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Title: History and prophecy in the Qumran Pesharim : an examination of the key figures and groups in the Dead Sea Scrolls by way of their prophetic designations
Author: Wood, Marcus Edward Michael
ISNI:       0000 0001 3571 9558
Awarding Body: Durham University
Current Institution: Durham University
Date of Award: 2001
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The thesis examines the Qumran pesharim and seeks to test the claim that these texts are solely 'historically' based. Instead, it finds that the interpretations are driven by prophetic concerns, founded on and guided by the biblical concept of 'pesher' as dream-interpretation. The study concentrates on the various sobriquets in the pesharim, and is loosely divided into two main parts. Part one examines those designations of groups, including the Kittim, Ephraim and Manasseh, and the Seekers of Smooth Things. Part two, meanwhile, focuses on the interrelationship between the Teacher of Righteousness, the Wicked Priest, and the Man of Falsehood. One of the dominating themes of the thesis is the stress laid on the relationship between the Teacher and the Man of Falsehood, while the thesis also proposes that 'Ephraim' and 'Seekers of Smooth Things' are an offshoot of the Man of Falsehood's original followers. This allows the opposition to this group in 4QpNahum to be properly understood, and suggests a lurk between the Qumran group and the proto-Pharisaic movement. In concluding, the study condemns the suggestion that the 'masking' by sobriquets intentionally conceals these subjects' identity. Rather, such masking links the intended target with prophetic expectations. In short, the thesis finds that although the two are often distinguished in modem scholarship, the correct interpretation of any aspect of the 'historical' pesharim inevitably relies on the understanding of the prophetic term 'pesher' - and vice versa. The thesis does not tackle the issue of the dating of these texts. Rather, it assumes the consensus view that the pesharim were composed during the first century BCE. Occasionally, it will be evident that a text requires a composition before or after a particular date or event, or even that it must postdate another Qumran text, but in general the question has not been an overriding concern.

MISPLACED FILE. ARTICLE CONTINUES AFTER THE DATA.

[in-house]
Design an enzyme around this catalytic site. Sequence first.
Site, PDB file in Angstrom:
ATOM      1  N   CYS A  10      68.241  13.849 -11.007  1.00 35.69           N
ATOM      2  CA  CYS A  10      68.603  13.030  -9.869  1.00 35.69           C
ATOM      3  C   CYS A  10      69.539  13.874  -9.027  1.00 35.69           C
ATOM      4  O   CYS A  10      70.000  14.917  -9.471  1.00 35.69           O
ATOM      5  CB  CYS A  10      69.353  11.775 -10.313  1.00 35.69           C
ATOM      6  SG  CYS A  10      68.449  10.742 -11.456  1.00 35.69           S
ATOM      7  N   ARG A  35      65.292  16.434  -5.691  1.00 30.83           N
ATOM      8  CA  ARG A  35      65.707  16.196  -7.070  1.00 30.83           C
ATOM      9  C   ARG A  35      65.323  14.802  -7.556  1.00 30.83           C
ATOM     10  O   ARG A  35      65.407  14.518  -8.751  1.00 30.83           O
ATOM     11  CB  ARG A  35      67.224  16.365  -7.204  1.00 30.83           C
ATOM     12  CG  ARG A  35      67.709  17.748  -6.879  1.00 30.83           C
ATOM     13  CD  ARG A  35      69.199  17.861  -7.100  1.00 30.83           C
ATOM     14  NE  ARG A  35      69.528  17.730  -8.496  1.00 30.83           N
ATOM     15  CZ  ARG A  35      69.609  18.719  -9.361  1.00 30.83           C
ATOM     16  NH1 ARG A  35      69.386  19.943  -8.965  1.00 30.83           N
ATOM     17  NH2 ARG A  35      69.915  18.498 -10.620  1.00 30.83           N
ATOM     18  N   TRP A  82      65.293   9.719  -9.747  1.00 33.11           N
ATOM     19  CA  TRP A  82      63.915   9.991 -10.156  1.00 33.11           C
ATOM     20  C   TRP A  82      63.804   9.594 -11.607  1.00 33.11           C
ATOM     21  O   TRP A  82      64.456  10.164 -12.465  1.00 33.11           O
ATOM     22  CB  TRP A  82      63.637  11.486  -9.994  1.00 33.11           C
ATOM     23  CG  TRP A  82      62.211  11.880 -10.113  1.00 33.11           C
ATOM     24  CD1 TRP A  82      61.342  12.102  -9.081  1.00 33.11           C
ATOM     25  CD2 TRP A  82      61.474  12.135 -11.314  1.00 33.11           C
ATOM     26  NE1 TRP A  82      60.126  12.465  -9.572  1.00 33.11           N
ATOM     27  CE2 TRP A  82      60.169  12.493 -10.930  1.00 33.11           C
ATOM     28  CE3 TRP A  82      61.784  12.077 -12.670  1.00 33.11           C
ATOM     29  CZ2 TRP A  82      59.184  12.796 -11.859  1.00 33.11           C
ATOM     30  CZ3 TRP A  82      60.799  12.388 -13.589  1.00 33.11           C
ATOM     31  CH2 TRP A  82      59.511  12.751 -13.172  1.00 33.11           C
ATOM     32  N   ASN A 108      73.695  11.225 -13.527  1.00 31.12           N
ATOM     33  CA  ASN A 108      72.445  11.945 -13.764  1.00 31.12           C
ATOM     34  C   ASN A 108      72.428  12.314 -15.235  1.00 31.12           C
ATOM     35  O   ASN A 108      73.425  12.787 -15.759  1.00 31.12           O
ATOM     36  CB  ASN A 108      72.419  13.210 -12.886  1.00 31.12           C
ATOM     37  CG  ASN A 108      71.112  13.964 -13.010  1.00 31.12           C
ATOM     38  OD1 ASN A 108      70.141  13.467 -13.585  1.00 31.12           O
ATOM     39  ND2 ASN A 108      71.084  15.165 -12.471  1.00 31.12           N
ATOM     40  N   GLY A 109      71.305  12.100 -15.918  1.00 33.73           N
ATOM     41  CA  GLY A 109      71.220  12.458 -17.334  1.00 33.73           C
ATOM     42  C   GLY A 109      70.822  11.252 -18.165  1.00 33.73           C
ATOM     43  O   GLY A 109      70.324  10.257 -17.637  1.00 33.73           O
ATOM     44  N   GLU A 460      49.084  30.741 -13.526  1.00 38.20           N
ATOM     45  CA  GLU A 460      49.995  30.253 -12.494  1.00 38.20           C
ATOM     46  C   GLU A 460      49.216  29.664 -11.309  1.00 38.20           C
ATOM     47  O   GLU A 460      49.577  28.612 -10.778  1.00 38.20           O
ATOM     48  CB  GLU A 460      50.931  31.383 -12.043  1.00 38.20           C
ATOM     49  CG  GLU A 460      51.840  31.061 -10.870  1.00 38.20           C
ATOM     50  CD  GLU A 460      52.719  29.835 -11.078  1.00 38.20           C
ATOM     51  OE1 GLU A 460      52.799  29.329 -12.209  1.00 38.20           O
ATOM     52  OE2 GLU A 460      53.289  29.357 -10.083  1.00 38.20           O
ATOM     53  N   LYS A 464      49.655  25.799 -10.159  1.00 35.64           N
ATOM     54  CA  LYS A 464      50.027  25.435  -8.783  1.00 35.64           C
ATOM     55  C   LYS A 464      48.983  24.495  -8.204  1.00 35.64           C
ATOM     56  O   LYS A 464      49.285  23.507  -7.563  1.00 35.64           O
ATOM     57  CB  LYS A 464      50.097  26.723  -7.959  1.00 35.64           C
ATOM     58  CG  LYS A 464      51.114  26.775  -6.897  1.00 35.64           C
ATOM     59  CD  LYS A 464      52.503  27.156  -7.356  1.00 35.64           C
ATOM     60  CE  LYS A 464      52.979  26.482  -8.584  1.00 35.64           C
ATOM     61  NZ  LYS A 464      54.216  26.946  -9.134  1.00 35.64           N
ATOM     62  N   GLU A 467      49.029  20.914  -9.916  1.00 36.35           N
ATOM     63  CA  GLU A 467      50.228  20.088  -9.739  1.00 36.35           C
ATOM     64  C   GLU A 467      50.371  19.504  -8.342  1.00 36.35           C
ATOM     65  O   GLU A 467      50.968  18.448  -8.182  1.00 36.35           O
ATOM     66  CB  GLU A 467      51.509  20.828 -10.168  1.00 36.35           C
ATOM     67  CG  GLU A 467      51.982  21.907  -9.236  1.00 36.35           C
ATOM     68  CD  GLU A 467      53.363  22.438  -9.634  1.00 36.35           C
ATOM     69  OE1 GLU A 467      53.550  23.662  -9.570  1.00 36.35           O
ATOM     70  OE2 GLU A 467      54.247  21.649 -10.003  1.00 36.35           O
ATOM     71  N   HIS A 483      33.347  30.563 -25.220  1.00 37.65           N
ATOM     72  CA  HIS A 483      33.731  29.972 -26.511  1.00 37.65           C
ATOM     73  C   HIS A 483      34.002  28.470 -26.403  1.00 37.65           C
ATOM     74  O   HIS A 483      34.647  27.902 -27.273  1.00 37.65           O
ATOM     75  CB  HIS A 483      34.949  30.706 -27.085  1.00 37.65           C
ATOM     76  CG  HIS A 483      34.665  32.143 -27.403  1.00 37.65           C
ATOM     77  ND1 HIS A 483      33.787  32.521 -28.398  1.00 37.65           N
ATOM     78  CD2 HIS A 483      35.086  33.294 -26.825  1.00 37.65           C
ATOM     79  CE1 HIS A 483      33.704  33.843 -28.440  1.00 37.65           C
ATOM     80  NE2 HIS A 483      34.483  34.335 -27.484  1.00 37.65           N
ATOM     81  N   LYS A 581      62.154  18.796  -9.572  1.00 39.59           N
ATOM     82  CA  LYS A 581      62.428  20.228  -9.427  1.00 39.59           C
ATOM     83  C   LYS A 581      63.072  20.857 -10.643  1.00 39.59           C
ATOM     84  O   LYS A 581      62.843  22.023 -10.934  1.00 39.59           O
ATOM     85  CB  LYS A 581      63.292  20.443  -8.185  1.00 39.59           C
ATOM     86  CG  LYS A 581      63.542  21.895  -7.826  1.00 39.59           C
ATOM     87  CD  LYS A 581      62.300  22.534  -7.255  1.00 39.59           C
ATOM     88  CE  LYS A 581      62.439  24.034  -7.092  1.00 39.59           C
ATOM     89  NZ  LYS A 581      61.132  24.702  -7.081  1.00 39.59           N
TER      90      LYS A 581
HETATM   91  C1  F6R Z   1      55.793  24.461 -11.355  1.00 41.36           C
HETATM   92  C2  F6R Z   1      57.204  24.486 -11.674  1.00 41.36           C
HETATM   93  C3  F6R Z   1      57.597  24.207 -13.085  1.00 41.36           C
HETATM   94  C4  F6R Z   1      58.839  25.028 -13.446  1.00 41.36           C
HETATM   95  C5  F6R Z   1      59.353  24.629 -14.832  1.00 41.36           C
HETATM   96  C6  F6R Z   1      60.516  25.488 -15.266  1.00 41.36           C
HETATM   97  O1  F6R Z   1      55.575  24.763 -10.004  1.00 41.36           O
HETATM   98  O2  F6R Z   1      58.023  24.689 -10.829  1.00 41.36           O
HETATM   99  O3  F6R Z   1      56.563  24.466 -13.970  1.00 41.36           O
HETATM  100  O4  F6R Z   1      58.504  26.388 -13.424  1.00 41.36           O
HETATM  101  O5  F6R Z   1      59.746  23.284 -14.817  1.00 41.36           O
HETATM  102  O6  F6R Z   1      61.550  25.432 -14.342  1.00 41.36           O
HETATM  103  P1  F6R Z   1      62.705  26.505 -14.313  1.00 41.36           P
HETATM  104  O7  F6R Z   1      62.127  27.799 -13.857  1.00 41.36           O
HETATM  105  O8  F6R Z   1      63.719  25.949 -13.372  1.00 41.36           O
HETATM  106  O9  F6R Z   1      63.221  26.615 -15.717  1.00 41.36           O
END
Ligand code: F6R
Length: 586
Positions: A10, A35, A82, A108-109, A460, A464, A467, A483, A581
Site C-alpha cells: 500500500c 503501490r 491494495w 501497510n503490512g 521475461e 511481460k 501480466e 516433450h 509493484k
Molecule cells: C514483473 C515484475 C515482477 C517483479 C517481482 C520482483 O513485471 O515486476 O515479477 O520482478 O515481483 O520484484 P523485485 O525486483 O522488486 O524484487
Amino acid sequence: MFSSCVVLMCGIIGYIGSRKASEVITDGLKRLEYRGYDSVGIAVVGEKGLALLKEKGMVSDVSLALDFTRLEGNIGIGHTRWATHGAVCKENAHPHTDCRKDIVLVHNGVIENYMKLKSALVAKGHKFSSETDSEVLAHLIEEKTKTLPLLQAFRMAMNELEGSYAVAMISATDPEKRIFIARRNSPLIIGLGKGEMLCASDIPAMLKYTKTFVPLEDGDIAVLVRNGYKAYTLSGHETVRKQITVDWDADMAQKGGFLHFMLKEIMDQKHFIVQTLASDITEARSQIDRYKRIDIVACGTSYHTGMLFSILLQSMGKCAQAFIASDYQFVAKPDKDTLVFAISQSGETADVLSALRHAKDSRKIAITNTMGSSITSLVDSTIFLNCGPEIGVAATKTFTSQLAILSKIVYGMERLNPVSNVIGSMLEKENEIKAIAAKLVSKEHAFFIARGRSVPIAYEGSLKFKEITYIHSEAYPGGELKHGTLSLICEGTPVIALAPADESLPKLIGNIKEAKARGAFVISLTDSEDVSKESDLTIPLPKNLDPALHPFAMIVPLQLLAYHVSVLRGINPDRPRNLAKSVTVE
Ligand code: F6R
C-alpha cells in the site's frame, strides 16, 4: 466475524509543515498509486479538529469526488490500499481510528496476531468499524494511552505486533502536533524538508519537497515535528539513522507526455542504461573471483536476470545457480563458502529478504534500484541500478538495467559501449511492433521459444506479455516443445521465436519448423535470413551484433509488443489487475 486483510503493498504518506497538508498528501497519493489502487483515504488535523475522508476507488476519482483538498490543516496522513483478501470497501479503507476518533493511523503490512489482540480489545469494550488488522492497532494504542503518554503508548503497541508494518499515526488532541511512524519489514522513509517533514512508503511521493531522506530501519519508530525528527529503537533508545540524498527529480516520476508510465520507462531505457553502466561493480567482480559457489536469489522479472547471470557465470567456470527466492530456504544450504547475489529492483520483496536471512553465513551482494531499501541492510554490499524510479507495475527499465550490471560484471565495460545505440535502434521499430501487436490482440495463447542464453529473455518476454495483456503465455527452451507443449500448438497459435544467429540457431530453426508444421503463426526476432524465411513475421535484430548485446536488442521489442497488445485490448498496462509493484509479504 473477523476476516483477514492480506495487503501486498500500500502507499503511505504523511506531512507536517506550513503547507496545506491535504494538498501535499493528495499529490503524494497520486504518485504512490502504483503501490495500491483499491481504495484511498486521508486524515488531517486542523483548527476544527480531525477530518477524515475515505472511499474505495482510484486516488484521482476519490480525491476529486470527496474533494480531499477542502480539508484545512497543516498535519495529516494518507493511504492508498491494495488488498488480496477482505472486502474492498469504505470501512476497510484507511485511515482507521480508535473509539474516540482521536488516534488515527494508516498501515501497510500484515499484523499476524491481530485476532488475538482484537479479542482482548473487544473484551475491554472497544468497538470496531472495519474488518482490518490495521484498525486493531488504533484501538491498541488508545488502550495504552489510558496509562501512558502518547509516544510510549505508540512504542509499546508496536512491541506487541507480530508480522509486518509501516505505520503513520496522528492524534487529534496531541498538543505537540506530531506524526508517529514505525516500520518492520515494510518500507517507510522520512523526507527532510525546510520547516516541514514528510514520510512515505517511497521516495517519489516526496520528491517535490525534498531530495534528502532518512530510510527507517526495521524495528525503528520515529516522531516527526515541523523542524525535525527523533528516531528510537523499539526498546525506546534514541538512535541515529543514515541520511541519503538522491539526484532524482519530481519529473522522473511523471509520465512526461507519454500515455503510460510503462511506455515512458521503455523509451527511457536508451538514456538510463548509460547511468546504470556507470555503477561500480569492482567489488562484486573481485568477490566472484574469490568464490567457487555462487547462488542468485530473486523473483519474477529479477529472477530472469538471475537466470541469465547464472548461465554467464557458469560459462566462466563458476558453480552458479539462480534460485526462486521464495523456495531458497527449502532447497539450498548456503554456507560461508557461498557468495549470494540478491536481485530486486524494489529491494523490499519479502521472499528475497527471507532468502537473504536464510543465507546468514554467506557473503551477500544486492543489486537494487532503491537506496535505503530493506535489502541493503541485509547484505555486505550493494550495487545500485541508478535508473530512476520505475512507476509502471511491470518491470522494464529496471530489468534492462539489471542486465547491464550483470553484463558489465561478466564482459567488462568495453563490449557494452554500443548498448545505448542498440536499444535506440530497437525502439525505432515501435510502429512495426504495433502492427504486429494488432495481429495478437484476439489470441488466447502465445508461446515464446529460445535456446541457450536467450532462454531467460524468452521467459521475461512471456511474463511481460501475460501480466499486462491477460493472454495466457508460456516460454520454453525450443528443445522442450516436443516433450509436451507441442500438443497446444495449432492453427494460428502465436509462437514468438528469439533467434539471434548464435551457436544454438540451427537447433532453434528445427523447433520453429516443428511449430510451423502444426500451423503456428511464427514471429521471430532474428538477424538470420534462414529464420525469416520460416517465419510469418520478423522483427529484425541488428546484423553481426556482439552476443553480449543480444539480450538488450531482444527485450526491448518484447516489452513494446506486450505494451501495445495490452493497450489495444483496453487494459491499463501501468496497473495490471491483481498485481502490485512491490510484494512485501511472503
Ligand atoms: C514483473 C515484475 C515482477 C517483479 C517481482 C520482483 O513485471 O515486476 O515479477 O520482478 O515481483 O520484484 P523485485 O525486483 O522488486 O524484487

Supervisor: Not available Sponsor: Not available
Qualification Name: Thesis (Ph.D.) Qualification Level: Doctoral
EThOS ID:  DOI: Not available
Keywords: Pesher; Kittim; Ephraim; Manasseh; Wicked priest